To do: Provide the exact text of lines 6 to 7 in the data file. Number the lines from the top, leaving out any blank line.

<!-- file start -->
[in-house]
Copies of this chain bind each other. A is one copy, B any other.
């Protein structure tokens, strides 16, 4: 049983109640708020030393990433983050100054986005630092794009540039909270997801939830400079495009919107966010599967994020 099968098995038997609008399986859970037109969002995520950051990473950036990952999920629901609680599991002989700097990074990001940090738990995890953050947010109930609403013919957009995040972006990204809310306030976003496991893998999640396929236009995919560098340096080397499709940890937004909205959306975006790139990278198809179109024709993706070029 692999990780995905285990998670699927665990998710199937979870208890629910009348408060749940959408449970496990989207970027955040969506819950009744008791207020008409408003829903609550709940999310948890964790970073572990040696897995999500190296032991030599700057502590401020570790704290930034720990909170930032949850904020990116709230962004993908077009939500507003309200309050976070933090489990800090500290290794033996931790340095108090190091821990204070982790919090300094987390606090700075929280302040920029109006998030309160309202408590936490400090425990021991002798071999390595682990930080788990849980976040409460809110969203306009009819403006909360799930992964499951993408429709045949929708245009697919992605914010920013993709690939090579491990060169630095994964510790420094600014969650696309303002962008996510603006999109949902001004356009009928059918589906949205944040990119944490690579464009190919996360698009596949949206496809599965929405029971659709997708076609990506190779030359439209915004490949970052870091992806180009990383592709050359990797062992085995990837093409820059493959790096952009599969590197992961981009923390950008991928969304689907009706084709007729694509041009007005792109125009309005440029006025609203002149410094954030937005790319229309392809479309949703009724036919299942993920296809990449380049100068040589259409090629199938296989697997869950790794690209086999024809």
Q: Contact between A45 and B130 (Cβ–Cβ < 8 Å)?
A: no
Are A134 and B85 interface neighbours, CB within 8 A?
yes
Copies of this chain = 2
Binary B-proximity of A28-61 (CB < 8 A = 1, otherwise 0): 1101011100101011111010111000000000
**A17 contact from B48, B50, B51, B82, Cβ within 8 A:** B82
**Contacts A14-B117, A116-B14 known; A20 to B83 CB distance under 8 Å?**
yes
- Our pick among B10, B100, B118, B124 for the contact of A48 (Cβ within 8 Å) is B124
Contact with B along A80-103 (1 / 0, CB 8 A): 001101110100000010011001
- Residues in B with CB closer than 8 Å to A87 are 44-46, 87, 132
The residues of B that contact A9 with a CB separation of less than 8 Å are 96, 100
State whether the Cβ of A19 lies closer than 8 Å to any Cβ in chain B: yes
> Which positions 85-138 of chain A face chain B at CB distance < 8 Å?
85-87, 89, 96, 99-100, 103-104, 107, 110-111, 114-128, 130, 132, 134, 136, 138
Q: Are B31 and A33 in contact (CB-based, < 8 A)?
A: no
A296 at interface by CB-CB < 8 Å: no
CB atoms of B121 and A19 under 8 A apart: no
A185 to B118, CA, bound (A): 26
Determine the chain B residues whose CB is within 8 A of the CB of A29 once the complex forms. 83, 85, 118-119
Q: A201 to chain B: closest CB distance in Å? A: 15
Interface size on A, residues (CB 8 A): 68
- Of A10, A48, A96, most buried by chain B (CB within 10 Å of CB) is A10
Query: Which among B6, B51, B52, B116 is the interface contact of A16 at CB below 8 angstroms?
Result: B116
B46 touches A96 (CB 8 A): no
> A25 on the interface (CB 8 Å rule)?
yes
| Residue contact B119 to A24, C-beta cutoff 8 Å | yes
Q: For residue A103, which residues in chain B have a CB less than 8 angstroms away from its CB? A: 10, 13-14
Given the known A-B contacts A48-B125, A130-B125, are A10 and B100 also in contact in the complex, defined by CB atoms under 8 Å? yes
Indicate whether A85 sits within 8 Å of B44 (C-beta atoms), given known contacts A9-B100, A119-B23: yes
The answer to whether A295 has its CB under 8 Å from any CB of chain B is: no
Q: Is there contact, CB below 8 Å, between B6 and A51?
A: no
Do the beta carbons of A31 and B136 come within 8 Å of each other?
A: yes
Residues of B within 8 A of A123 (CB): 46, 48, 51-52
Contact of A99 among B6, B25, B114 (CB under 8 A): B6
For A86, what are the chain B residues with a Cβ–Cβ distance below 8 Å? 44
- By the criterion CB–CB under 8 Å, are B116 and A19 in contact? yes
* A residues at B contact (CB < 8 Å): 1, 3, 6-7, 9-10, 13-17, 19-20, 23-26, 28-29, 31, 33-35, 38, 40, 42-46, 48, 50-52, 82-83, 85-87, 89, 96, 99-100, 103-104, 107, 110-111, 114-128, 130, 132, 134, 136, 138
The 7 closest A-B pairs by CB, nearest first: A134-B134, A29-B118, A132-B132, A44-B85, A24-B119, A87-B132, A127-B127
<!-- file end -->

Are A134 and B85 interface neighbours, CB within 8 A?
yes